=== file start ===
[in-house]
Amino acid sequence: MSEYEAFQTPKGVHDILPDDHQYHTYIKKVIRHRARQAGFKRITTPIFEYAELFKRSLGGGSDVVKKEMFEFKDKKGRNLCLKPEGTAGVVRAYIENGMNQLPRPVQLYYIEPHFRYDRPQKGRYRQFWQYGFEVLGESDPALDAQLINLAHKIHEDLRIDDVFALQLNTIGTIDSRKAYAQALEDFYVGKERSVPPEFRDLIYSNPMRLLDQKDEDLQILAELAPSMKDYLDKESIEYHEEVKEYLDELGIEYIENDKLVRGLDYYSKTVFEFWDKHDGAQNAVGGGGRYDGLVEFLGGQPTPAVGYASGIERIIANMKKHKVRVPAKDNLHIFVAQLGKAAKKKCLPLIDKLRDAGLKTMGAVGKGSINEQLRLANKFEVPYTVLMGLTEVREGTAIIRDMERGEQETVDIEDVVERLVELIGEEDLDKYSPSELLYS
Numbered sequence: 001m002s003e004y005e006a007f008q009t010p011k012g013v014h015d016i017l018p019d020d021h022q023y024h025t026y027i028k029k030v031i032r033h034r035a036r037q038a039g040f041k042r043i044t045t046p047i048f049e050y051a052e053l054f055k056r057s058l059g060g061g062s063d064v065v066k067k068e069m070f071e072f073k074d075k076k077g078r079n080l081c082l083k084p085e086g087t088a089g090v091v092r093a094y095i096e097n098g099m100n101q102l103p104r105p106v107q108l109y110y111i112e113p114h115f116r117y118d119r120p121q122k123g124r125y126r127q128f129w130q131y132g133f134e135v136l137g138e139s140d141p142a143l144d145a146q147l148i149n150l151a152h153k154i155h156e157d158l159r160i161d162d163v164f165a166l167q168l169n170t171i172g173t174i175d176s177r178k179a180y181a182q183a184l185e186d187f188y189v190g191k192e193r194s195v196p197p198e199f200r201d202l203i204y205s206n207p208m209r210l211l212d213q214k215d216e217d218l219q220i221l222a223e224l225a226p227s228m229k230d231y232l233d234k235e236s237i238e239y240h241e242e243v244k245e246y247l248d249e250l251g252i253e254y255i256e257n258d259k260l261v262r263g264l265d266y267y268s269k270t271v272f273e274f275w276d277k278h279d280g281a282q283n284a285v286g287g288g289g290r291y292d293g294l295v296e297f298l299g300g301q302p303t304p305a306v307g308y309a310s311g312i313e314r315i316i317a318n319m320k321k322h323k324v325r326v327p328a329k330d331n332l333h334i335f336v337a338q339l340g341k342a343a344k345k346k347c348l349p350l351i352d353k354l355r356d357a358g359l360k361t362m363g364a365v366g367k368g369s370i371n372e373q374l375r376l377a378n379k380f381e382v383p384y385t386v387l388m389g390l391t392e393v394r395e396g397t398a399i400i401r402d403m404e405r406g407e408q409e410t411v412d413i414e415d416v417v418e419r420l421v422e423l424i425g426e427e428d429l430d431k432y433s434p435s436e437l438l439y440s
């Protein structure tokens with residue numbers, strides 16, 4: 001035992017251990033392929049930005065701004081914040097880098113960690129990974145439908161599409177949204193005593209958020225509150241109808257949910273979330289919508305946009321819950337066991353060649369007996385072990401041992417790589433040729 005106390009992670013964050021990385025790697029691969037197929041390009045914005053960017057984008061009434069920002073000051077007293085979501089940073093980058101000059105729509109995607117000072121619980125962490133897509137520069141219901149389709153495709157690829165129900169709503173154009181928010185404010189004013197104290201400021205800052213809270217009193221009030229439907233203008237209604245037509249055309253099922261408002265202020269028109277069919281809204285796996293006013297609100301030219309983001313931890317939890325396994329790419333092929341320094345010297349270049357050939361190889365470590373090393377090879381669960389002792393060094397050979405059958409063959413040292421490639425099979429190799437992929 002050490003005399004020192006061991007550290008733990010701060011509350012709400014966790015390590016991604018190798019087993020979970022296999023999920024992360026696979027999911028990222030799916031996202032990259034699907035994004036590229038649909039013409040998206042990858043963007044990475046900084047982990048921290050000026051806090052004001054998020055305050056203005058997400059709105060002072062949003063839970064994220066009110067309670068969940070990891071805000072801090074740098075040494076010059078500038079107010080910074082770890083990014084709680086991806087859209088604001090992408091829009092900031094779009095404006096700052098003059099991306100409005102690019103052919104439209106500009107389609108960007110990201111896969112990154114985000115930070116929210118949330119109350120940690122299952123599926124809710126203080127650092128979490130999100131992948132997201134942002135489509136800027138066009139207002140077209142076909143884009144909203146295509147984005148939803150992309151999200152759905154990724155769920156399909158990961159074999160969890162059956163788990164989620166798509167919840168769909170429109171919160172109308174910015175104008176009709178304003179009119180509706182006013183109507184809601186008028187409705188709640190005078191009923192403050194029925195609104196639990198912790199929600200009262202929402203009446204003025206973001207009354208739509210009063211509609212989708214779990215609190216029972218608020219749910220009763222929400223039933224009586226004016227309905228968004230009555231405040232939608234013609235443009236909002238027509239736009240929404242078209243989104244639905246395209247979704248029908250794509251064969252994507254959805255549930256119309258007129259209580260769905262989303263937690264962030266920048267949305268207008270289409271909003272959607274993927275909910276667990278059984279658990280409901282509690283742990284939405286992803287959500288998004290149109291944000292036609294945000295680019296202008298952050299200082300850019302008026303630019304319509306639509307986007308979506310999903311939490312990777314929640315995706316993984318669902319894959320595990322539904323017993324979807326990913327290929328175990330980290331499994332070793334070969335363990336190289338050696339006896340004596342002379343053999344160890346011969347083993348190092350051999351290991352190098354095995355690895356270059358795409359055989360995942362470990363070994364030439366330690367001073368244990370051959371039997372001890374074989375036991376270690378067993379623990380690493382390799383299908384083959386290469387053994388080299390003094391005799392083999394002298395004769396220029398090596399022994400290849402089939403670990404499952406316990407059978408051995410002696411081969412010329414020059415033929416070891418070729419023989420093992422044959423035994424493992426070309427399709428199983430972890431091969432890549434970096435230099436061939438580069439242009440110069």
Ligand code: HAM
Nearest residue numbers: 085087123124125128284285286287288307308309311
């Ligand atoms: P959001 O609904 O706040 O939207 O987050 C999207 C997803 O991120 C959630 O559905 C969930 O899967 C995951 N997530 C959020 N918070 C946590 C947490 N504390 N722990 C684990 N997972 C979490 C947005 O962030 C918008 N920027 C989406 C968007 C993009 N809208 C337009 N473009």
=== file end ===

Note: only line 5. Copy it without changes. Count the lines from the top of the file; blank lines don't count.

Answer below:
Ligand code: HAM